Faith may influence voters, but faith leaders shouldn’t endorse


For The Beachcomber

Religious beliefs certainly play an influential part in public life. Preaching can have a powerful influence on these beliefs and therefore on public life as well. A recent news report caused me to reflect on the preaching duties of a pastor in the light of the upcoming elections.

The “Alliance Defense Fund” (ADF) — a conservative Christian organization that describes itself as a “legal alliance defending the right to hear and speak the Truth through strategy, training, funding, and litigation” — called for a “Pulpit Freedom Sunday.” In a public announcement, the organization explained what it meant by this: It wanted pastors to “preach from their pulpits on Sept. 28 about the moral qualifications of candidates seeking political office” and to “examine their First Amendment right to preach on the subject ... without fear of punishment.”

It is significant that the ADF avoids in its own publications the term “endorsement.” Still, the ADF’s goal with this “special project,” as it called it, is clear to many observers, including me: It’s to stir an investigation by the Internal Revenue Service, so that the ADF, as it states on its Web site, can “represent these [participating] pastors should they come under fire [by the IRS] and ... fight this battle all the way to the U.S. Supreme Court, if necessary.”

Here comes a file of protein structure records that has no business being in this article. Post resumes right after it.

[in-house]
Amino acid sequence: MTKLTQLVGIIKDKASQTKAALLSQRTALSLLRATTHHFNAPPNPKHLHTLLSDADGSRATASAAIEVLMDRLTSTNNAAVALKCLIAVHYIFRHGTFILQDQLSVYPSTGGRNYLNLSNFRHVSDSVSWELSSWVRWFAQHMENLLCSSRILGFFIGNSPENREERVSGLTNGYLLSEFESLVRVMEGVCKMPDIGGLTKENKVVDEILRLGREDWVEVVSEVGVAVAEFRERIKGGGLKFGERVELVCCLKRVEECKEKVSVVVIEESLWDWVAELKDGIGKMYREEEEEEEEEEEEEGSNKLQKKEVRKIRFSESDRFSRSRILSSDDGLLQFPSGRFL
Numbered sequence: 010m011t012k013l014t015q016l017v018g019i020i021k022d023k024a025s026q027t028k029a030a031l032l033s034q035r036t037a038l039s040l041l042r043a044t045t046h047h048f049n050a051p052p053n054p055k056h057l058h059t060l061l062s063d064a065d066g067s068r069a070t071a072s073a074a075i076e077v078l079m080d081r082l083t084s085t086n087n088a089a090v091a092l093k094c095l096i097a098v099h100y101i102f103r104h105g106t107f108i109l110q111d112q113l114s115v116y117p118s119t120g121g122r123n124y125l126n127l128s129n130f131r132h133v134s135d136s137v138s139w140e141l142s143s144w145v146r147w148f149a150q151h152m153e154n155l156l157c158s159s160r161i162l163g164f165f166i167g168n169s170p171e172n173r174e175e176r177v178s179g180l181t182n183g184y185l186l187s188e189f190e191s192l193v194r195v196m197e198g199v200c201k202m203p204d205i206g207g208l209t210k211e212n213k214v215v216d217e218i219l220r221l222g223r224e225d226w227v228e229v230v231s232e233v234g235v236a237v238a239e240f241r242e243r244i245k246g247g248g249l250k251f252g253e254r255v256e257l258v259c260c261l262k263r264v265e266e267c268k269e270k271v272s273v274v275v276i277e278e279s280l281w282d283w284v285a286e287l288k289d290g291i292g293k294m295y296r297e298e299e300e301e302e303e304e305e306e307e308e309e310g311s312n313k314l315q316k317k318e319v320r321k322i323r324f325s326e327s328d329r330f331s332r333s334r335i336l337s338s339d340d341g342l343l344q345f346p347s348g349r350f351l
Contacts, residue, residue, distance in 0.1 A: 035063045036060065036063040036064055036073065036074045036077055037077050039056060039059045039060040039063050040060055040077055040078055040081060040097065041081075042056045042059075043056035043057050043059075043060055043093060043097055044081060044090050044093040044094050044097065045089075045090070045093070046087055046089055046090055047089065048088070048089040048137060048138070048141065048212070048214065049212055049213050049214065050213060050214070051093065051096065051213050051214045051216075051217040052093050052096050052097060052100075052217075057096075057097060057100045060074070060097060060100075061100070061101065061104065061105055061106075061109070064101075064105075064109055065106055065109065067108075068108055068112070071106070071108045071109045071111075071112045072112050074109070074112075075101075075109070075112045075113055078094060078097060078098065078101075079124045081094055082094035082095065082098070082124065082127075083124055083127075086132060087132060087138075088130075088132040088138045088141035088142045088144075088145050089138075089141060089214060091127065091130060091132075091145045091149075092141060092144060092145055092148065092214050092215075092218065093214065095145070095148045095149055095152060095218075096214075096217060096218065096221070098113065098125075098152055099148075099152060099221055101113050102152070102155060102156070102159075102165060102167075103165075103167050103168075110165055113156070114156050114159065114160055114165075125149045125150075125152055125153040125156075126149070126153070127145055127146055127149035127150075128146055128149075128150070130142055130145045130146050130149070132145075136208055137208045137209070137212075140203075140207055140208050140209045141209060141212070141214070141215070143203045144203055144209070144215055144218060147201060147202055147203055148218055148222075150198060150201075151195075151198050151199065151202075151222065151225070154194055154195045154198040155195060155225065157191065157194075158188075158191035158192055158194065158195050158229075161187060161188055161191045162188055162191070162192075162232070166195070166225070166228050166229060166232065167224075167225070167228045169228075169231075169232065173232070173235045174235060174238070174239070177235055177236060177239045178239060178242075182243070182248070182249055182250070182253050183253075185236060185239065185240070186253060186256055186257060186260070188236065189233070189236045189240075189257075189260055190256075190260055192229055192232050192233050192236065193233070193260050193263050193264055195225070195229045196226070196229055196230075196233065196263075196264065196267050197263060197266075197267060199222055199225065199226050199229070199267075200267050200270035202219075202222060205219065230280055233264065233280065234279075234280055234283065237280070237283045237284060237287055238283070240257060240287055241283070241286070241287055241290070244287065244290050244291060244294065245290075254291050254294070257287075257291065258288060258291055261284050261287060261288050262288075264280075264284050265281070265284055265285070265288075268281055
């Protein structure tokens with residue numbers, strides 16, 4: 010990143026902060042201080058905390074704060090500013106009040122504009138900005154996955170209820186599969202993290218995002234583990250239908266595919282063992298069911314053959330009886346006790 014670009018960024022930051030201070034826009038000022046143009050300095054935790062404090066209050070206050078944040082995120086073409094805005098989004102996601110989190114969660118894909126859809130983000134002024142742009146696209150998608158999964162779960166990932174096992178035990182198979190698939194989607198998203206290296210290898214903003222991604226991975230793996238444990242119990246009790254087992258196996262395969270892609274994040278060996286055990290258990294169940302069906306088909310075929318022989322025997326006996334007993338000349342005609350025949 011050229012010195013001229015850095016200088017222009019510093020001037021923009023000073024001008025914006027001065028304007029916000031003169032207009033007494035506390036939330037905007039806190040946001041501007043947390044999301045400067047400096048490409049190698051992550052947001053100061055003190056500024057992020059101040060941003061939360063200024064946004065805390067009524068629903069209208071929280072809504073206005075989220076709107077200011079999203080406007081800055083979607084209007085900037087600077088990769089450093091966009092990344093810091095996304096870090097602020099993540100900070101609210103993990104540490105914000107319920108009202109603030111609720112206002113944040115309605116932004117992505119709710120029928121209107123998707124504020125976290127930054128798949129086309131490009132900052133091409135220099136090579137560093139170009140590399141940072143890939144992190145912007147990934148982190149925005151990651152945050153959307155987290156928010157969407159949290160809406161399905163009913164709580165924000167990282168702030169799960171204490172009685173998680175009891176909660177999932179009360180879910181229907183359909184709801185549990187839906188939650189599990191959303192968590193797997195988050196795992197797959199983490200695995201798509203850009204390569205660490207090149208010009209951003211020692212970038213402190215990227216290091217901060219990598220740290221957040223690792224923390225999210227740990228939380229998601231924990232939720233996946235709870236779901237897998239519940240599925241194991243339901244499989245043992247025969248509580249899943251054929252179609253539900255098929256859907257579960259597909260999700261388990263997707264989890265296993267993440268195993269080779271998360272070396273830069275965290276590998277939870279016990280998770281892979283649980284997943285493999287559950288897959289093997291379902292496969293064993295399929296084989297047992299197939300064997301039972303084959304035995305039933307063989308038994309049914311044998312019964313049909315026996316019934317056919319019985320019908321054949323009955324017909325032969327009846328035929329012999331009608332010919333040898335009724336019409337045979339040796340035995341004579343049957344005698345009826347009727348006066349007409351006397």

Such an announcement may make many people (both in and outside the church) quite uncomfortable. And indeed, very few pastors or churches even considered this appeal. As a theologian, preacher and pastor of a local Christian church, I do not share the views and goals of the ADF.

First of all, preaching is a form of proclamation within the church. It is not a First Amend-ment right or the voicing of a political opinion. (This does not mean that a sermon can never be political.) To call for candidate-specific preaching is an inappropriate misuse of the pastoral preaching office.

Second-ly, the preaching about “the moral qualifications of candidates seeking political office” will unnecessarily polarize our communities of faith. As citizens of this world and as voters, we have differing political opinions. This is good. It is also a good thing that our communities of faith remain politically diversified. After all, they are not an extension of “red vs. blue” bickering.

Thirdly, we may read the same Bible and still interpret it differently. In any case, the Bible was not written to proof-text the “moral qualifications” of our political leaders. In this regard, I find it disconcerting that a particular organization encourages pastors to argue — on biblical grounds — the moral superiority of one candidate over another. Rather as pastors, preachers or religious leaders, we should encourage the people in our communities of faith to pray for all political leaders.

In view of the upcoming elections, we should “acknowledge the instrumental role of government in society and (participate) in the electoral process,” as Lutheran presiding bishop Mark S. Hanson suggests. And when the politically informed and engaged voters cast their ballot, I am confident that they will apply broader standards than solely “the moral qualifications” of the candidates.

— Bjoern Meinhardt is a German citizen and thus can’t vote in the upcoming elections. He’s lived on Vashon since December 2004, when he was appointed to be the pastor at Vashon Lutheran Church.

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